Chief Lovvorn urges caution

BY BRUCE BRANUM

The Greenville Standard

 

According to Greenville Police Chief Justin Lovvorn, officers received reports of at least eight different vehicle break-ins between Dec. 25 and Dec. 29, 2017 around local hotels and a few residences in Greenville. 

Investigators were able to use evidence found at some of the scenes of the break-ins to develop a suspect in the case. Officers located the suspect at his apartment in Greenville on Dec. 29, 2017.

While at the suspects apartment, officers observed items that had been reported stolen from the recent vehicle break-ins.  Officers also located a second suspect hiding in the back of the apartment.

The stolen property, which included a variety of firearms, was recovered and both suspects were transported to the police department. Investigators interviewed both suspects and charged them with four counts of Breaking and Entering of a Motor Vehicle each and three counts of felony Theft of Property 2nd. 

The two suspects were Al Terrill Farris Jr., an 18 year old black male from Montgomery and Tamichael Campbell Jr., an 18 year old black male from Greenville.  They were both transported to the Butler County Correctional Facility where they were still incarcerated as of the time of Lovvorn’s press release.

The majority of all the property stolen was recovered and returned to the victims according to Lovvorn. “I would like to commend the efforts of both the patrol officers and investigators in this case for working together to quickly identify and apprehend the two suspects in this case.  Their hard work and commitment to the citizens of Greenville almost certainly prevented future break-ins and other criminal activity in our area,” said Lovvorn.  

The Greenville Police Department would also like to educate the public of this recent trend in criminal activity.  It is now common practice for criminals to get in large groups at random times and pick random locations to check car doors.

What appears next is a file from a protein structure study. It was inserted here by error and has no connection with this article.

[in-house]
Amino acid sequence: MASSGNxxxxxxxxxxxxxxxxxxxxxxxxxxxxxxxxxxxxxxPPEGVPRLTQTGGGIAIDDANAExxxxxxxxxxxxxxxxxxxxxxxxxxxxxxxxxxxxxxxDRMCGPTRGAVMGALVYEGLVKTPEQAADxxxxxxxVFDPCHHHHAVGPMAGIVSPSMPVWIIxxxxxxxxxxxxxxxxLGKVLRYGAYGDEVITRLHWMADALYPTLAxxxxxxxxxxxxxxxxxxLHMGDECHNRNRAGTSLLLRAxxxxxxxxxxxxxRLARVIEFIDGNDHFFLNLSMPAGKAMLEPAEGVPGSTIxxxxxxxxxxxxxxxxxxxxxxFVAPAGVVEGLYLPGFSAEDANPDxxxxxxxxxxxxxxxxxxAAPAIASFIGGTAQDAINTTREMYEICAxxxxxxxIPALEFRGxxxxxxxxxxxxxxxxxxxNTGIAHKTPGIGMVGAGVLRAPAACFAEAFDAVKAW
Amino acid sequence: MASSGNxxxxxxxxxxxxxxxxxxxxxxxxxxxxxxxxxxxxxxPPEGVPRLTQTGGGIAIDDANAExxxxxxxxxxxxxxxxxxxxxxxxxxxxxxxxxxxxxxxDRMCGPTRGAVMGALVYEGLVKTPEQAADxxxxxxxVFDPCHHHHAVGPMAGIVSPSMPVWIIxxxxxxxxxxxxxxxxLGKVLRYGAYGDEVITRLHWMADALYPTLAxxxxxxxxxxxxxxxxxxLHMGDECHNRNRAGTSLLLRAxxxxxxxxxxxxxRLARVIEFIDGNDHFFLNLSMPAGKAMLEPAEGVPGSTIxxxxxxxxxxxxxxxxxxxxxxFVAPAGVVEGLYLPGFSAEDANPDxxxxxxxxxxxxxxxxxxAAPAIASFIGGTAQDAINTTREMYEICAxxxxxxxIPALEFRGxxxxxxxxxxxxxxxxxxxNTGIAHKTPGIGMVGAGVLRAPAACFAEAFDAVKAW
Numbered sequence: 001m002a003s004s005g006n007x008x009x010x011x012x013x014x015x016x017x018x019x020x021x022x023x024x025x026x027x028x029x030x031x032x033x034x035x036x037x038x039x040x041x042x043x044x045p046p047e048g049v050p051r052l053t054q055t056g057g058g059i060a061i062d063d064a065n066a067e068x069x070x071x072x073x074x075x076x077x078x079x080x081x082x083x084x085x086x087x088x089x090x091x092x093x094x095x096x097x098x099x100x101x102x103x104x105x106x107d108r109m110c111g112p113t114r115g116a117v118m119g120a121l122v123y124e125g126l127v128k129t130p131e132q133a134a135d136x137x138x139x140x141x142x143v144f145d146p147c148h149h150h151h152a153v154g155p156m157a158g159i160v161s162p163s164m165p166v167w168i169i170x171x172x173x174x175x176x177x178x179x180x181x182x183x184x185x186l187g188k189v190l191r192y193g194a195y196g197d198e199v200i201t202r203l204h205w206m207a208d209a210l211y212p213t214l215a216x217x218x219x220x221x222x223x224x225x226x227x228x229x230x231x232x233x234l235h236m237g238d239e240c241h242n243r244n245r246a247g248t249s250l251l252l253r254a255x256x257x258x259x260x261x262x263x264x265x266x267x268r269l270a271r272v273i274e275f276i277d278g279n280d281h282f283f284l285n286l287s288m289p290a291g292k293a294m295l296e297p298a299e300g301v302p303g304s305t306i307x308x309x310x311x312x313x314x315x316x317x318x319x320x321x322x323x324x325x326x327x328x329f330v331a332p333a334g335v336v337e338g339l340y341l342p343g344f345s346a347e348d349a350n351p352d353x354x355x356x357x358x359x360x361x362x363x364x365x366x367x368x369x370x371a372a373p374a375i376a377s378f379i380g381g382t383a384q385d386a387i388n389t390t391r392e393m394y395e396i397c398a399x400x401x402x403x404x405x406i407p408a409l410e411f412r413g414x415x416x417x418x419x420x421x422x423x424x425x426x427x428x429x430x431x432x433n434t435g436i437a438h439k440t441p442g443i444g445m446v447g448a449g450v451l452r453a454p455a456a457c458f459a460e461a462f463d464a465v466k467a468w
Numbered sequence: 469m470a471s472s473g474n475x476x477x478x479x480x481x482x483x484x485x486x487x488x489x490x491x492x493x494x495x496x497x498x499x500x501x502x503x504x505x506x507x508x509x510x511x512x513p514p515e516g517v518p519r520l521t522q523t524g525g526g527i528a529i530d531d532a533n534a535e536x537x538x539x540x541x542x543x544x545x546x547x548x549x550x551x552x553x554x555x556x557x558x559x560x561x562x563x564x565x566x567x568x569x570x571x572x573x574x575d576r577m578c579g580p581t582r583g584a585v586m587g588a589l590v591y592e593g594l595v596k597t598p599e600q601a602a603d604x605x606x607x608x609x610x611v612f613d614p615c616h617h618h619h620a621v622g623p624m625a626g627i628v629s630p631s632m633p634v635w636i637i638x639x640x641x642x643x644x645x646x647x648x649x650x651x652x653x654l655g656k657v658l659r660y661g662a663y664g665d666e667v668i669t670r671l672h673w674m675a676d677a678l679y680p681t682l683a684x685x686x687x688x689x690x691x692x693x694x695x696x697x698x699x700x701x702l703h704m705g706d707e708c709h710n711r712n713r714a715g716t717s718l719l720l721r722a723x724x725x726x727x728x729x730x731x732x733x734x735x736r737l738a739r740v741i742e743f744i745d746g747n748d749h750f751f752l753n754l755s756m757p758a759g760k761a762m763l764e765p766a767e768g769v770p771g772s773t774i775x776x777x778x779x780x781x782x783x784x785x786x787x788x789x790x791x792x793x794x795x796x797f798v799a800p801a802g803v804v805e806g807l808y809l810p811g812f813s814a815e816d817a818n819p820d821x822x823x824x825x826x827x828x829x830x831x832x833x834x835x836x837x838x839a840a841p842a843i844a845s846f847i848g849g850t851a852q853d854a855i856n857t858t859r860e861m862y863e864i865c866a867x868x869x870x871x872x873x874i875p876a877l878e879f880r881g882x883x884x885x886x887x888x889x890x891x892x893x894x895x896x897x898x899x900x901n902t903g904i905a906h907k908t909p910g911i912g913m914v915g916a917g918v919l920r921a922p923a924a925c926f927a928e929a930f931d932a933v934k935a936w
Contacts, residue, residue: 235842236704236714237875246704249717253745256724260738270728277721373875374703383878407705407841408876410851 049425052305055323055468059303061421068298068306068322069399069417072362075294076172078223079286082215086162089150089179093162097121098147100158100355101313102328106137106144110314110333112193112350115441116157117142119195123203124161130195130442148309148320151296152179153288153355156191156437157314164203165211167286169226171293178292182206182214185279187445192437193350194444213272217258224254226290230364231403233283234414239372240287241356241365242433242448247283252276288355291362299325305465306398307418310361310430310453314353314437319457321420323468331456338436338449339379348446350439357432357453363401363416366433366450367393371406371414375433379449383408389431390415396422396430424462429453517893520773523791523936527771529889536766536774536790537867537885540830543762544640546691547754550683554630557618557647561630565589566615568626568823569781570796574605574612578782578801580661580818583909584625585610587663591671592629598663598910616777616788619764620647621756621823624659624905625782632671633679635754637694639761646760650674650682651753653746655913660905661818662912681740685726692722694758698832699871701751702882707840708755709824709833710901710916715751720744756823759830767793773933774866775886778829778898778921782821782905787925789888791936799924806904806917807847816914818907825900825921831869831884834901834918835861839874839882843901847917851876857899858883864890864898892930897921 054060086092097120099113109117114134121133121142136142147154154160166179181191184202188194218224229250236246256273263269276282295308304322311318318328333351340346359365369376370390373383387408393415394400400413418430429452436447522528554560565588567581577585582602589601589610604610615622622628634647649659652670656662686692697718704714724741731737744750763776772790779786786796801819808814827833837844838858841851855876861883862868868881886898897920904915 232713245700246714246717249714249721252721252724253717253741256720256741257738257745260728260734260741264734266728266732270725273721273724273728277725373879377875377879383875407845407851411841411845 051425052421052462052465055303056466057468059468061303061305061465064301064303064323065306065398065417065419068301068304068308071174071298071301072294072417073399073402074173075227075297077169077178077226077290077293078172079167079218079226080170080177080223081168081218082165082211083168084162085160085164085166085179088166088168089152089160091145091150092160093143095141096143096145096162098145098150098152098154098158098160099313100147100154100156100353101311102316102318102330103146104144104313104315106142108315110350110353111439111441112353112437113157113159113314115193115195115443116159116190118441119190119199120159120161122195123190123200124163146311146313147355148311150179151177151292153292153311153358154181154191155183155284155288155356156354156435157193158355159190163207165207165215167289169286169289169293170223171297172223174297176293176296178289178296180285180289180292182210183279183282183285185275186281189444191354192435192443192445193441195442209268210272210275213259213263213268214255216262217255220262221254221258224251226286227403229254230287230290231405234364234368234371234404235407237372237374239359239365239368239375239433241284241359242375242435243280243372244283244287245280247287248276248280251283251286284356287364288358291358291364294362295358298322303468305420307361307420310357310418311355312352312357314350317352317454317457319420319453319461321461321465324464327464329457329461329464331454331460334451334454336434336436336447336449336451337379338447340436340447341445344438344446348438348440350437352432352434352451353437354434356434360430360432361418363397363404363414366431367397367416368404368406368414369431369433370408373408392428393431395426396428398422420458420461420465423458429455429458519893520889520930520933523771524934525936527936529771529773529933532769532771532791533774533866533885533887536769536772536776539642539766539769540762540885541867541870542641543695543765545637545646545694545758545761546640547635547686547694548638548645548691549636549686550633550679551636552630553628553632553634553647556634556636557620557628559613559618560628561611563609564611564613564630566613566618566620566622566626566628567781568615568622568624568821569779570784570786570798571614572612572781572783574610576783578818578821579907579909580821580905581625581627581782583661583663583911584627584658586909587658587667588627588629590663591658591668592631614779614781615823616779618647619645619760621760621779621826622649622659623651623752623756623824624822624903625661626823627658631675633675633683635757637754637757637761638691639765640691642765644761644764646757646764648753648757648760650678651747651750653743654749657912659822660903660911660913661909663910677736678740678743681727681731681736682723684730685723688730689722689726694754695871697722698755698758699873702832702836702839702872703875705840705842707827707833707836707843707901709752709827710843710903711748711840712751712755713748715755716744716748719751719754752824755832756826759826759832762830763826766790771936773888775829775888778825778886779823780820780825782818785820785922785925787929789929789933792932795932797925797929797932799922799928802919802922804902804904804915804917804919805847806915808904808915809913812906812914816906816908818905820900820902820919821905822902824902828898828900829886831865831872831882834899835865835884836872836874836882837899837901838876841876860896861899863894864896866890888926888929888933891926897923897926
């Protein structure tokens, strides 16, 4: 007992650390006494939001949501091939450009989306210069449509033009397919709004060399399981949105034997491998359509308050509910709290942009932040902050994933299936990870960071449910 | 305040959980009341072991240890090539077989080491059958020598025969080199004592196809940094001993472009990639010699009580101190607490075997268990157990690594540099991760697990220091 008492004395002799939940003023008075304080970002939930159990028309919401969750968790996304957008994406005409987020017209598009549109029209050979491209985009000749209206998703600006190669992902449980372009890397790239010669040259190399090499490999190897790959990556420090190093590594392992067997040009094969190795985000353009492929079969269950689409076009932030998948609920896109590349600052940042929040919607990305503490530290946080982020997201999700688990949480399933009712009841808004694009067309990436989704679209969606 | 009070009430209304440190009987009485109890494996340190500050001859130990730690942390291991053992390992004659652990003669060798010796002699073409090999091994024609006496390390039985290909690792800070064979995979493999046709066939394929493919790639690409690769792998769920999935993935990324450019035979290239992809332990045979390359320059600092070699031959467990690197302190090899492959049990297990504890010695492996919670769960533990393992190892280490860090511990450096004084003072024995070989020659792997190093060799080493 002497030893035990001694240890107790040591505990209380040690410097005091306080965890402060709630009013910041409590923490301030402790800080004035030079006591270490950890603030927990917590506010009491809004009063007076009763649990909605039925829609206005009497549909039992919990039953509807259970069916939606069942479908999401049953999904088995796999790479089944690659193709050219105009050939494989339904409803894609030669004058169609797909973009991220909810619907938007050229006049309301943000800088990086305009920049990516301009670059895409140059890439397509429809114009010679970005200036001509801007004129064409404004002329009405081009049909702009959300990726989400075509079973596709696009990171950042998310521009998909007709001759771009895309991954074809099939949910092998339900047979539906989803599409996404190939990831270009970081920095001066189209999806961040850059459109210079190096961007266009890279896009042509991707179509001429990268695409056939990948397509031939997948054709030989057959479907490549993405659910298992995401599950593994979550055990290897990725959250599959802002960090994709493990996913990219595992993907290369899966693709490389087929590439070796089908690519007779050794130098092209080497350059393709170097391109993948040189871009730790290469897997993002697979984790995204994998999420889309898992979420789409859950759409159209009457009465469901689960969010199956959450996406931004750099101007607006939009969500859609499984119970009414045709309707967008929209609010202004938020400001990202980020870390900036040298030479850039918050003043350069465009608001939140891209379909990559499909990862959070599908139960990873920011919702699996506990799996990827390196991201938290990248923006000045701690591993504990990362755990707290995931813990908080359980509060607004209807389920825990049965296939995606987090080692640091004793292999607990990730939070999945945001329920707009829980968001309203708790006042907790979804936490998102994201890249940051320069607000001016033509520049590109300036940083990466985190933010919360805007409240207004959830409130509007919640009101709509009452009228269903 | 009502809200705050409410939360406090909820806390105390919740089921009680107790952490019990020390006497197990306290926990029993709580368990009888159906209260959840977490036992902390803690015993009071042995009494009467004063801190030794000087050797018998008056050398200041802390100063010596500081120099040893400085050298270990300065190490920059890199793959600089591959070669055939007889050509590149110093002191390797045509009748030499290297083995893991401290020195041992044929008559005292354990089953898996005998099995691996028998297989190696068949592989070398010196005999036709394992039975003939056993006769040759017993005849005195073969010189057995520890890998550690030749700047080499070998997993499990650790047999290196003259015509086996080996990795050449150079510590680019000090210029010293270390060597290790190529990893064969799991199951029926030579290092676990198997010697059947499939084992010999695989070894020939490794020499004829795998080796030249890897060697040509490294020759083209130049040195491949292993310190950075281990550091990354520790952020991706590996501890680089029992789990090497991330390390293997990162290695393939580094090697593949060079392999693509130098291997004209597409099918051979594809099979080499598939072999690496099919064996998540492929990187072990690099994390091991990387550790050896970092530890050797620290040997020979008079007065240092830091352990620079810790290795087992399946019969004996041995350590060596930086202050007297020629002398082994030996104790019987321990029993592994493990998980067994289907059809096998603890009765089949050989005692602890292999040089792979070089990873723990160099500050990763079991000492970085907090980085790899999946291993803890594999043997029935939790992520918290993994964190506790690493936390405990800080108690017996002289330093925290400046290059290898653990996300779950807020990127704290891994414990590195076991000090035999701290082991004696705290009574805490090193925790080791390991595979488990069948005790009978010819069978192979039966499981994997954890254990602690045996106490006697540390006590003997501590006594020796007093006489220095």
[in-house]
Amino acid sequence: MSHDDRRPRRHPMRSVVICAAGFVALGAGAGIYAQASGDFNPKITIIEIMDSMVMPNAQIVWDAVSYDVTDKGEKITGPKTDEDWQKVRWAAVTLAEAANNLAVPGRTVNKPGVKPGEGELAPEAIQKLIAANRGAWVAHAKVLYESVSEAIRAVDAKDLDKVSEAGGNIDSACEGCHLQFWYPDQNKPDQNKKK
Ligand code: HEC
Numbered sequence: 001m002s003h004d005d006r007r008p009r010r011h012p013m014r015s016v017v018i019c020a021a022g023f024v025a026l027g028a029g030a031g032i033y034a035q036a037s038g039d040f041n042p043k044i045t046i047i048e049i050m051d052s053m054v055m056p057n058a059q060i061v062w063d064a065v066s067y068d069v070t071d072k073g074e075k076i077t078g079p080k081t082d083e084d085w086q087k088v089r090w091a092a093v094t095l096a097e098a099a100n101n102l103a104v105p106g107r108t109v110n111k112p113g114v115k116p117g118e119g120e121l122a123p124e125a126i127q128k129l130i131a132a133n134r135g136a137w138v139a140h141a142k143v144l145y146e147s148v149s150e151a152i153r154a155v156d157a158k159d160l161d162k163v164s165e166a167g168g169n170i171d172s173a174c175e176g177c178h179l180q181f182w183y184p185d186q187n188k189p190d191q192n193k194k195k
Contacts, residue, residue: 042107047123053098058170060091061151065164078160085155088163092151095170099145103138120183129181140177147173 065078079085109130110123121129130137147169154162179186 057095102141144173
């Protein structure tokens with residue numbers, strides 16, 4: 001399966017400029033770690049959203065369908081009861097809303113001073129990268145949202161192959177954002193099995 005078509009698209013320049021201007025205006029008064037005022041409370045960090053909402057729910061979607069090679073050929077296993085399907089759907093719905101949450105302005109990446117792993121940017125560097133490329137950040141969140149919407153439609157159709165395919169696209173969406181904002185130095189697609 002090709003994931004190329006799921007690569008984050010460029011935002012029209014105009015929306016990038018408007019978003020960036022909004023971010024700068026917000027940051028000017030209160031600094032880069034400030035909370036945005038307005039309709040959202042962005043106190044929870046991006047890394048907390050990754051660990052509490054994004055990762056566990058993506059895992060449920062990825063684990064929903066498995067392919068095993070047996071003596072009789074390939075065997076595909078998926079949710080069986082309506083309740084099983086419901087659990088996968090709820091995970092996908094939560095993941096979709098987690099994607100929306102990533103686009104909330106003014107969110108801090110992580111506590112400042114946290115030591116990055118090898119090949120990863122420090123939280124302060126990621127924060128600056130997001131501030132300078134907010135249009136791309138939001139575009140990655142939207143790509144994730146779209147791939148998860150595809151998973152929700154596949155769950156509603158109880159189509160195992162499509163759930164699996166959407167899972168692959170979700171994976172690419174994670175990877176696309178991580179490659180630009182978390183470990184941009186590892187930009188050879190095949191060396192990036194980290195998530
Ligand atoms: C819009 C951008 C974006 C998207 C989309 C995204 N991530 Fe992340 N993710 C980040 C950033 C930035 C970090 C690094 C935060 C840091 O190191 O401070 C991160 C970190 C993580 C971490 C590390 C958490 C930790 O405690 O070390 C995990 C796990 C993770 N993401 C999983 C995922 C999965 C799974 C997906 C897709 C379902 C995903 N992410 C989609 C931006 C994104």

They will go through an area and pull on every car door they walk by whether at a residence, hotel, or other business.  If the car is unlocked, they will rummage through the vehicle for anything of value.  This is becoming more common because people are often leaving items of value in their vehicle overnight with the doors unlocked. 

Lovvorn says, “I cannot emphasize enough how important it is to lock your car doors when you leave your vehicle, whether at home or out in town.  This is often all it takes to prevent a theft. 

“It will help if you leave valuables out of sight or secured in the trunk, but the best option is not to leave them in a vehicle whenever possible.  We are asking the public to call the police anytime they see someone out of place walking at odd times of the night or on someone else’s property. 

“We will determine the intentions of the individual and verify if there is a reason for concern.  This type of activity can easily be reduced if you remember the following: If you see something, say something and please keep your car doors locked!”

 

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